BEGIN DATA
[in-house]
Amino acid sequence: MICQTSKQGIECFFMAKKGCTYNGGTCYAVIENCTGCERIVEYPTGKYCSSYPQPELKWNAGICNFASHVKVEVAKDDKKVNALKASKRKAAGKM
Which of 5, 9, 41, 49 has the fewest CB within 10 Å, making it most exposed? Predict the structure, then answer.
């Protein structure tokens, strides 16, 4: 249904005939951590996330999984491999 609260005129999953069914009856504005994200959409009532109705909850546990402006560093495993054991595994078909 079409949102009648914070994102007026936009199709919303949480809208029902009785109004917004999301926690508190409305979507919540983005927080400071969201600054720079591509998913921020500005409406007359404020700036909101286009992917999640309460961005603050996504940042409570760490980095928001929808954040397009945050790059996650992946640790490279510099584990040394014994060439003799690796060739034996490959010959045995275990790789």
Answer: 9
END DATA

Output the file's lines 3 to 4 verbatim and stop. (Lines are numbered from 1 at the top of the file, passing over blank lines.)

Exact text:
Which of 5, 9, 41, 49 has the fewest CB within 10 Å, making it most exposed? Predict the structure, then answer.
């Protein structure tokens, strides 16, 4: 249904005939951590996330999984491999 609260005129999953069914009856504005994200959409009532109705909850546990402006560093495993054991595994078909 079409949102009648914070994102007026936009199709919303949480809208029902009785109004917004999301926690508190409305979507919540983005927080400071969201600054720079591509998913921020500005409406007359404020700036909101286009992917999640309460961005603050996504940042409570760490980095928001929808954040397009945050790059996650992946640790490279510099584990040394014994060439003799690796060739034996490959010959045995275990790789």